Plus: Excellent optical clarity; outdoorsy carry case; attaches to photographic tripods; can take any 1.25” eyepiece; weighs 74oz/2.1kg
Minus: No telescope mount or tripod included; angled eyepiece
Summary: A good value, lightweight, easy to set-up and aesthetically pleasing spotting ‘scope with an outdoorsy build that boasts high quality glass and lens coatings and a large objective lens.
Who Is It For? Casual urban observers who want a great close-up of the Moon, planets and star clusters in an easy to set-up and lightweight form factor.
Why buy a spotting scope? There’s an expectation among both the public and amateur astronomers that anyone showing even a remote interest in the night sky must, and inevitably will, purchase and master a telescope. I have always railed against that assumption. For most people – particularly the massive majority living in light-polluted cities – a telescope is not only overkill, but it’s set-up, alignment and maintenance can easily become a tiresome barrier to actually enjoying the night sky.
It’s for that reason that I have always been a binocular astronomer, and now, a spotting ‘scoper. Sure, I have owned and used telescopes, but typically I’m only interested in getting a close-up of deep sky objects when I’m under dark skies attending star parties.
I’ve also always remained slightly aghast that refractor and Cassegrain telescopes create images that are upside down. That leaves beginners terrified when learning how to manually navigate or, much more likely, to rely so heavily on computerized ‘go to’ software that they never actually learn their way around the night sky.
Completely manual and designed to be used easily and often, Celestron’s Regal M2 100ED is everything it should be. Astronomically speaking it’s ideally sized for looking at the Moon, planets and star clusters.
For someone who lives in a city and spends a lot of time moon-gazing, owning a simple to use, easy to set-up scotting scope seems to me to be a no-brainer. A thoroughly outdoorsy instrument, the Regal M2 100ED is fully waterproof and nitrogen-purged to prevent fogging. Its tube comes dressed in a rubber-effect green color and it ships with a carrying case. That’s partly what attracted me to it. I’m a frequent traveller but I always travel light, so while a telescope is never going to find its way into the trunk of my car, this spotting scope already has.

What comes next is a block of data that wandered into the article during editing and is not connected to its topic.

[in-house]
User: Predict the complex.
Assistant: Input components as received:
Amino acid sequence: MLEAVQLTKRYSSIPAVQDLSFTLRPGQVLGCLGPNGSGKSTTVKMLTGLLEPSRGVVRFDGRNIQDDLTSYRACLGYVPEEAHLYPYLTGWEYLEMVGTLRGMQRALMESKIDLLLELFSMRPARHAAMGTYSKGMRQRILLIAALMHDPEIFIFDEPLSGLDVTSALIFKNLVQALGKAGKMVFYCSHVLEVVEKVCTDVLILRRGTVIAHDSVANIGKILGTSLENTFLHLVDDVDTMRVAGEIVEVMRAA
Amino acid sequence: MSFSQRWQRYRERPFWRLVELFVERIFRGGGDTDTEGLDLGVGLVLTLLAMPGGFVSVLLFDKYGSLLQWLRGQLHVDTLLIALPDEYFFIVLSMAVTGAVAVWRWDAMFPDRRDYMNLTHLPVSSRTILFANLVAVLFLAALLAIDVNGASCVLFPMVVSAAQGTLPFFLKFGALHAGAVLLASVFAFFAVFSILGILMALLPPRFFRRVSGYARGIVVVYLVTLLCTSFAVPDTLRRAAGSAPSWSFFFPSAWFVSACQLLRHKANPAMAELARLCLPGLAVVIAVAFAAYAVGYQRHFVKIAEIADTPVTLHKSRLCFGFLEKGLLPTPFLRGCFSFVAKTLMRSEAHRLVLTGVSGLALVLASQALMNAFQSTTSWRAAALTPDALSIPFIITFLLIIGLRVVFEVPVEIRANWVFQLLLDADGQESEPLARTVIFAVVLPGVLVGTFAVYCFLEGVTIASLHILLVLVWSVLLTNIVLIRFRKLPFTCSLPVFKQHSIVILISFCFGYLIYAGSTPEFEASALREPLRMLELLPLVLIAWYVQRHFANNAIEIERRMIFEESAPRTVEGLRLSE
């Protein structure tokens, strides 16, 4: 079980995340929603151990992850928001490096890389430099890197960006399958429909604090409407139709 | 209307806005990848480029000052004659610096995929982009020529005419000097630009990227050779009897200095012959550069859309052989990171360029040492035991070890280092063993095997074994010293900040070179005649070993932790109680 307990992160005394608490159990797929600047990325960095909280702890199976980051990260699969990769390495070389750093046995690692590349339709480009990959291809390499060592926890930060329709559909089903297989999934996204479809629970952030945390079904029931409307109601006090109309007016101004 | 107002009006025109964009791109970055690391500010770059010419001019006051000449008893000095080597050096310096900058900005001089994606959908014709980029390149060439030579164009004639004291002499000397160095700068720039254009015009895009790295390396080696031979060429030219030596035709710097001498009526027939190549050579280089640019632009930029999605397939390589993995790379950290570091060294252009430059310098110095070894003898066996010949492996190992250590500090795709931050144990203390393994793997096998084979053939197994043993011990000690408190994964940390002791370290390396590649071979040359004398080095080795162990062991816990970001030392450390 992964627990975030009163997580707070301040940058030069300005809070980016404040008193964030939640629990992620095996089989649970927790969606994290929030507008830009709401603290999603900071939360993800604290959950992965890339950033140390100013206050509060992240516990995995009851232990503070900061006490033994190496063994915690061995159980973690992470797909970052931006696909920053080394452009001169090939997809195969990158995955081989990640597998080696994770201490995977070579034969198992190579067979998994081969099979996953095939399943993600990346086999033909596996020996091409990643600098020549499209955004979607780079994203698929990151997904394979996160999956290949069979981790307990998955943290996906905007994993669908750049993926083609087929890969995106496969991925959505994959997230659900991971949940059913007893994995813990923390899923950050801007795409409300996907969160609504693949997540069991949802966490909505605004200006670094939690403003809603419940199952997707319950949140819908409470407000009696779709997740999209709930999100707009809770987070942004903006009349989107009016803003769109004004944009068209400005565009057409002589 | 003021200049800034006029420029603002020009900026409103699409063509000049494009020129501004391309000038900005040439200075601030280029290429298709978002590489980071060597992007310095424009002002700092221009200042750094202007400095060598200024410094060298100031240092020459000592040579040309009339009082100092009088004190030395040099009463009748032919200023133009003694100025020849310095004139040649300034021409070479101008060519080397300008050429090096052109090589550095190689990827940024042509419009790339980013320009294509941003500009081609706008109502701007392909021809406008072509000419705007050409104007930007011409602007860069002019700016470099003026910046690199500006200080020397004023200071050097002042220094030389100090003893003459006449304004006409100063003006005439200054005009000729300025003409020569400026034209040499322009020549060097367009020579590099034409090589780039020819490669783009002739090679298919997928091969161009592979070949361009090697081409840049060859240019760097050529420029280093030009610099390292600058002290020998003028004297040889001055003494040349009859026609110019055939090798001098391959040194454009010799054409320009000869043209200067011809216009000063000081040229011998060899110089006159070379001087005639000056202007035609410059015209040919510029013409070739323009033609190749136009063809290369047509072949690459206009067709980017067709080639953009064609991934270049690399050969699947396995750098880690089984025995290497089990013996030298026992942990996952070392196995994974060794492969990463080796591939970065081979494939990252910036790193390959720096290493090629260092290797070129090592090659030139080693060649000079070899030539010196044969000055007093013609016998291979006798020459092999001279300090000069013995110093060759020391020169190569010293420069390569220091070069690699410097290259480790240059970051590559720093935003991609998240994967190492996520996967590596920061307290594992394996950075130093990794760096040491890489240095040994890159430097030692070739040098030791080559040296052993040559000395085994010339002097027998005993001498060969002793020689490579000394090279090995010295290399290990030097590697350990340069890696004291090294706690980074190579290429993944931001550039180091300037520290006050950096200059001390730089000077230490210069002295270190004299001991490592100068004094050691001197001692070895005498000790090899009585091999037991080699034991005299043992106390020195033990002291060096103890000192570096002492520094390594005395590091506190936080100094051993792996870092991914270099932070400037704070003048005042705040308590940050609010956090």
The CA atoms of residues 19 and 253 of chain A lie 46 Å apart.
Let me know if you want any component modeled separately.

As someone who enjoys nightscape photography, but likes to keep considered astronomical observation completely separate, the fact that the Regal M2 100ED attaches to a standard photographic tripod is also hugely attractive. For those that want to dabble in astrophotography at its simplest it also ships with a T-adapter ring for directly attaching a DSLR. Cue some basic digiscoping.
Elsewhere in the range is the Regal M2 65ED and the Regal M2 80ED, but it was the possibility to have the Moon full-screen that convinced me to go for the Regal M2 100ED (it gives an angular field of view of 1.9° to 0.9°, which is perfect for our satellite).
Its objective lens is 100mm, equivalent to 3.9”, and its focal length is 540mm. It ships with an impressive 45º angled 1.25” zoom eyepiece (which can be replaced with any 1.25” eyepiece). Really easy to use, just a twist toggles it through 22x, 34x, 45x, 56x and 67x, with the latter allowing the Moon to dominate the field of view. It’s also got a twist-up eyecup that offers 20mm eye relief.
There’s a dual focus mechanism on the side of the Regal M2 100ED, with one dial for rough focus and one for a finer adjustment. Either way, focusing is fast.
What gives the Regal M2 100ED its clear views at night is its extra low dispersion (ED) glass element and XLT coatings for its optics. Light transmission is impressive, with bright views of the Pleiades (M45) and the Beehive Cluster (M44) in our test. Brightness isn’t an issue for the Moon, whose terminator looks sharp and detailed. With the eyepiece on full zoom the Moon’s southern highlands at First Quarter look fabulously well defined. Conversely, the eyepiece allows for a pin-sharp wide field of view, which proved useful for viewing the close Hyades cluster and for viewing a crescent Moon in a reasonably close conjunction with Mars.
The Regal M2 100ED is obviously not only aimed at moon-gazers and planet-hunters, being as much for hunting and bird-watching as astronomy. It’s excellent in daylight with sharp, colorful images the norm throughout the field of view (which is 110-52 ft. at 1,000 yards).
Despite its all-round optical quality I’m mostly attracted to its irresistible usability. Weighing just 74oz (2.1kg) thanks to its magnesium alloy body, the Regal M2 100ED can almost be considered as an add-on to an astrophotography rig. Its soft carry case even comes with a comfortable shoulder strap. What’s more, that case can be left on the Regal M2 100ED when in use, with a zip-off objective lens cover and a six-inch zip on its undercarriage to allow it to be attached to a tripod. However, the zipped sides that open-up access to the eyepiece don’t make it easy to reach the focus knobs.
Everyone knows that there are far more dusty, unloved telescopes than active and well-used telescopes. Here’s a lightweight, easy to set-up and simple to use spotting scope that’s a fine performer with the Moon, planets and star clusters. It’s so easy to whip out for a short observing session, and the politics are wonderful.
Photographers always say that the best camera is the one you have with you, and if you own the good value Regal M2 100ED and get used to its high quality glass, lens coatings and large objective lens, it’s likely never going to be far from your side.